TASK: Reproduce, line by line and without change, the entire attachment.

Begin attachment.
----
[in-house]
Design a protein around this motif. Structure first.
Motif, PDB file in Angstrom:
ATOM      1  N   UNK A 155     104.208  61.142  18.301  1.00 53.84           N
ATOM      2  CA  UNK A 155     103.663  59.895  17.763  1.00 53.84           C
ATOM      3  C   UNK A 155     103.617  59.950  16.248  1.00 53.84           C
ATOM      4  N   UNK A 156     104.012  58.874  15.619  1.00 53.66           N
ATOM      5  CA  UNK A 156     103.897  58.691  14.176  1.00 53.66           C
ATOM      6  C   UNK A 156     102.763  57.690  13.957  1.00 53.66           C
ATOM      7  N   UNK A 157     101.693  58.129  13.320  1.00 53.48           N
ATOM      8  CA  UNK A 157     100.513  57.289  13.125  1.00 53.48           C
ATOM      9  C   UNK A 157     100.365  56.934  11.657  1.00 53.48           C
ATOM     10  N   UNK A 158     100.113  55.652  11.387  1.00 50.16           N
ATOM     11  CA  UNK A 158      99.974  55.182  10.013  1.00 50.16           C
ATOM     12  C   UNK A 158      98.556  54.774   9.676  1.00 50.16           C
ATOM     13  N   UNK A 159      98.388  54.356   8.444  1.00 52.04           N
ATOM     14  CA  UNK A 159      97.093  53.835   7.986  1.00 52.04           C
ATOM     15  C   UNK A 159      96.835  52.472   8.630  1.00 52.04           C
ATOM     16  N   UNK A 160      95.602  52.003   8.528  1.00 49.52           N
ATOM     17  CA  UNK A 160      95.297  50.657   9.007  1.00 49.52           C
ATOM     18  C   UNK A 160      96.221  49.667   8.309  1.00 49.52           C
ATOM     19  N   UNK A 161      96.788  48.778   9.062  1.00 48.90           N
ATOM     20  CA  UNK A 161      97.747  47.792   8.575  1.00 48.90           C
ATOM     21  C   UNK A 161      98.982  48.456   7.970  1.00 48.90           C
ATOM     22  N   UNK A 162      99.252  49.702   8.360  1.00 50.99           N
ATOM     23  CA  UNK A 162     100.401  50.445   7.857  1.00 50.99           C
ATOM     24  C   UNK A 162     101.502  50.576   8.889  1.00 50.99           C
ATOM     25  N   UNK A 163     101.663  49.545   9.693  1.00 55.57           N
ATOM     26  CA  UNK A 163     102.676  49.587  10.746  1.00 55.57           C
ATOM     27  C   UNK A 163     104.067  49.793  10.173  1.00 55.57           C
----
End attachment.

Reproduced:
[in-house]
Design a protein around this motif. Structure first.
Motif, PDB file in Angstrom:
ATOM      1  N   UNK A 155     104.208  61.142  18.301  1.00 53.84           N
ATOM      2  CA  UNK A 155     103.663  59.895  17.763  1.00 53.84           C
ATOM      3  C   UNK A 155     103.617  59.950  16.248  1.00 53.84           C
ATOM      4  N   UNK A 156     104.012  58.874  15.619  1.00 53.66           N
ATOM      5  CA  UNK A 156     103.897  58.691  14.176  1.00 53.66           C
ATOM      6  C   UNK A 156     102.763  57.690  13.957  1.00 53.66           C
ATOM      7  N   UNK A 157     101.693  58.129  13.320  1.00 53.48           N
ATOM      8  CA  UNK A 157     100.513  57.289  13.125  1.00 53.48           C
ATOM      9  C   UNK A 157     100.365  56.934  11.657  1.00 53.48           C
ATOM     10  N   UNK A 158     100.113  55.652  11.387  1.00 50.16           N
ATOM     11  CA  UNK A 158      99.974  55.182  10.013  1.00 50.16           C
ATOM     12  C   UNK A 158      98.556  54.774   9.676  1.00 50.16           C
ATOM     13  N   UNK A 159      98.388  54.356   8.444  1.00 52.04           N
ATOM     14  CA  UNK A 159      97.093  53.835   7.986  1.00 52.04           C
ATOM     15  C   UNK A 159      96.835  52.472   8.630  1.00 52.04           C
ATOM     16  N   UNK A 160      95.602  52.003   8.528  1.00 49.52           N
ATOM     17  CA  UNK A 160      95.297  50.657   9.007  1.00 49.52           C
ATOM     18  C   UNK A 160      96.221  49.667   8.309  1.00 49.52           C
ATOM     19  N   UNK A 161      96.788  48.778   9.062  1.00 48.90           N
ATOM     20  CA  UNK A 161      97.747  47.792   8.575  1.00 48.90           C
ATOM     21  C   UNK A 161      98.982  48.456   7.970  1.00 48.90           C
ATOM     22  N   UNK A 162      99.252  49.702   8.360  1.00 50.99           N
ATOM     23  CA  UNK A 162     100.401  50.445   7.857  1.00 50.99           C
ATOM     24  C   UNK A 162     101.502  50.576   8.889  1.00 50.99           C
ATOM     25  N   UNK A 163     101.663  49.545   9.693  1.00 55.57           N
ATOM     26  CA  UNK A 163     102.676  49.587  10.746  1.00 55.57           C
ATOM     27  C   UNK A 163     104.067  49.793  10.173  1.00 55.57           C